I have to second a lot of recommendations here.  I have generalized anxiety disorder in combination with dysthymia.  A few times it has dipped into MDD.  The first time I was in my 20s and I had a mild breakdown at work.  I started going to therapy, but I refused medication.  The therapy was just general talk therapy where I just vented about my crappy childhood, which felt good at the time, but it didn't give me any strategies or skills.  When I had another MDD episode in my 30s, I was a parent of young children, and I felt that I didn't have the time to wallow, so I tried the medication along with cognitive behavioral therapy.  I took a small amount of Prozac and it really, really helped.  It didn't change me, but it made it easier to approach the CBT with a clear head.  It was at that time that I decided to start exercising.  I started running.  This also really helps, particularly with the anxiety.  I also started meditating.  I was able to stop taking the Prozac after about 6 months and now have some skills to fall back on for when those negative patterns begin to assert themselves.  Who knows, I may need the medication again, and thats okay.  I can tell you that in the last few months I have been dealing with stuff that normally would have flattened me and I am able to function, partly because I have those coping skills. 

So, when picking a therapist, if you don't feel like it's a style that is working, don't be afraid to try something else. 

If you want a preview of CBT, pick up the book "Feeling Good" by David Burns that was mentioned above.  I felt better just after reading the first few chapters. 

Napoleon

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Re: Therapy for depression?
« Reply #36 on: October 02, 2016, 01:15:38 PM »
Don't discount meds for a while if you are profoundly depressed and struggling to function. I was on them for a while and they kept me working. They won't solve your problems but they can be something to prop you up for a while.

If you ever feel suicidal, call The Samaritans. I called them a few times just to cry on the phone and feel less lonely. It's OK to call them for anything - even just for a chat. Alternatively, if you feel REALLY suicidal you can call 999 and they'll come and get you. I did that one time and apologised so much for wasting their time and they said they'd much rather I called before I did anything than after. They were really nice and let me sit it out in A&E until I felt a bit better and had someone collect me.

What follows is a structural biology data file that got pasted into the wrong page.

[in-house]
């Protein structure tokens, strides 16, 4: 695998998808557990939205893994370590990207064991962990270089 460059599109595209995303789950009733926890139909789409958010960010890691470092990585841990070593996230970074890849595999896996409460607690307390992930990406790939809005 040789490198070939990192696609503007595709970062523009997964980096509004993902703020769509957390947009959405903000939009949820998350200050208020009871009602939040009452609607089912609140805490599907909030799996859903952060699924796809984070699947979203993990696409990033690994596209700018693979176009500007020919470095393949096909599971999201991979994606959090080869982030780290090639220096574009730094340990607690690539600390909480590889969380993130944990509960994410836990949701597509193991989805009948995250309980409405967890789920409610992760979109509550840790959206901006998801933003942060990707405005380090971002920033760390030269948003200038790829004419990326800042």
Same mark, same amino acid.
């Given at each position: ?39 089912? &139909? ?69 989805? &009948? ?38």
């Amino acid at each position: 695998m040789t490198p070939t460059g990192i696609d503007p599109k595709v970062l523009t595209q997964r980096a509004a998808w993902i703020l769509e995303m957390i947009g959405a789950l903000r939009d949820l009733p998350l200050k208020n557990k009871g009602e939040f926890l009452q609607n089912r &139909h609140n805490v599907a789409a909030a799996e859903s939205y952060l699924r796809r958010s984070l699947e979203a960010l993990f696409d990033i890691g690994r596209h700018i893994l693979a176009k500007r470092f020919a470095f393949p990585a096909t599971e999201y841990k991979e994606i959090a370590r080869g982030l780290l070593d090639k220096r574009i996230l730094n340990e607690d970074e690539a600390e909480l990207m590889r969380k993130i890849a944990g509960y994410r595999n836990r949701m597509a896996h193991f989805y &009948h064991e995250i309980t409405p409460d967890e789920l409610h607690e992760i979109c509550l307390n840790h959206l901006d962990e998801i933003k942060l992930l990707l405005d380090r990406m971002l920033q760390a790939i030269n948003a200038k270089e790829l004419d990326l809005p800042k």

It's OK to not get on with a therapist or a kind of therapy. I did CBT for a while with a therapist I fundamentally mistrusted. It didn't help.

On the other hand, therapy is hard work sometimes. I only feel now, 5 years after my first psychiatric assessment, that I'm actually ready to commit to doing the work. I also realised that I actually don't want to fix faulty thought patterns and I actually do want to talk about my childhood. Also, be honest. I lied to my old CBT therapist all the time, especially about suicidal thoughts. Don't do that. Either tell the truth or quit.

Seriously, nothing you can say will freak out a good therapist.

You're not wasting anyone's time. Your mental health is important. You deserve help.

Roadsidetreasurehunter

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Re: Therapy for depression?
« Reply #37 on: October 02, 2016, 01:25:22 PM »
Following.

wenchsenior

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Re: Therapy for depression?
« Reply #38 on: October 02, 2016, 02:02:24 PM »

On the other hand, therapy is hard work sometimes. I only feel now, 5 years after my first psychiatric assessment, that I'm actually ready to commit to doing the work. I also realised that I actually don't want to fix faulty thought patterns and I actually do want to talk about my childhood. Also, be honest. I lied to my old CBT therapist all the time, especially about suicidal thoughts. Don't do that. Either tell the truth or quit.



This is interesting because my father, who has narcissistic personality traits combined with obsessive compulsive personality disorder (NOT obsessive compulsive disorder...which is a totally different issue), has struggled with therapy and cbt in particular, because he feels that even though his abnormal thought processes and perceptions from ocpd interfere with his life and his relationships, he doesn't know who he would be without them. They are so ingrained that he fights giving them up even though they frequently make him miserable.

Napoleon

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Re: Therapy for depression?
« Reply #39 on: October 04, 2016, 01:18:18 AM »